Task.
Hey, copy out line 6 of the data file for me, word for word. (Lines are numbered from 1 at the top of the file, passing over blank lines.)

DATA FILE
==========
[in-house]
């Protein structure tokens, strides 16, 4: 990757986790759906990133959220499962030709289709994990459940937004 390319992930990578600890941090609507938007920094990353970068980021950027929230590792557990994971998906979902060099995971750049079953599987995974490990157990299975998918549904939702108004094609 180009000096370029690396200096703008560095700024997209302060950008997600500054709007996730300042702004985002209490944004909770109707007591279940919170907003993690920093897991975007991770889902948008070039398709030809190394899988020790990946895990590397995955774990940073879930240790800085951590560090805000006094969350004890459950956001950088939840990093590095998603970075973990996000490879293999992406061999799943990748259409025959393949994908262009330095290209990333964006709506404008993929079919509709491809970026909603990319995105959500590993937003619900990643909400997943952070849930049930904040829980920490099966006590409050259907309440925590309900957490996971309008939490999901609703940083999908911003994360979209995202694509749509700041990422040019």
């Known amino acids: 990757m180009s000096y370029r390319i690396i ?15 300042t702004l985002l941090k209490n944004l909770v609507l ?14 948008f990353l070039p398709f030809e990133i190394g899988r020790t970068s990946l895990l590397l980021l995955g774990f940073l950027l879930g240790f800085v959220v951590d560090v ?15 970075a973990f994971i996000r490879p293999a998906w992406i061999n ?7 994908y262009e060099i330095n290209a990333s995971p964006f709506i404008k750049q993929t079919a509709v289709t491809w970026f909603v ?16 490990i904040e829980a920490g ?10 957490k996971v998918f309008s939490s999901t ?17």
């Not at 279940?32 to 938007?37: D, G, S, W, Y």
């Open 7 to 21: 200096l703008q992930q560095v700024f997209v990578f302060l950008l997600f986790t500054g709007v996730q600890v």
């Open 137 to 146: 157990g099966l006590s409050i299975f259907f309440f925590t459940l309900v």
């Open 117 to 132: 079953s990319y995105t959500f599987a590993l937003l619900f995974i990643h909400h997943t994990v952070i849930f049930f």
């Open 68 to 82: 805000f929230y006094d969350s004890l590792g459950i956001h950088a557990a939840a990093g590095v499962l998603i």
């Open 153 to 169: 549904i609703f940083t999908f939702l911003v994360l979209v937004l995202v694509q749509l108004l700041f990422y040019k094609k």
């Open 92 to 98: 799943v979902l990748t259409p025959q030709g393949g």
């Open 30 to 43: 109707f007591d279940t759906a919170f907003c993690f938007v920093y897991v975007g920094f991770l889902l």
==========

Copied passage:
């Open 137 to 146: 157990g099966l006590s409050i299975f259907f309440f925590t459940l309900v």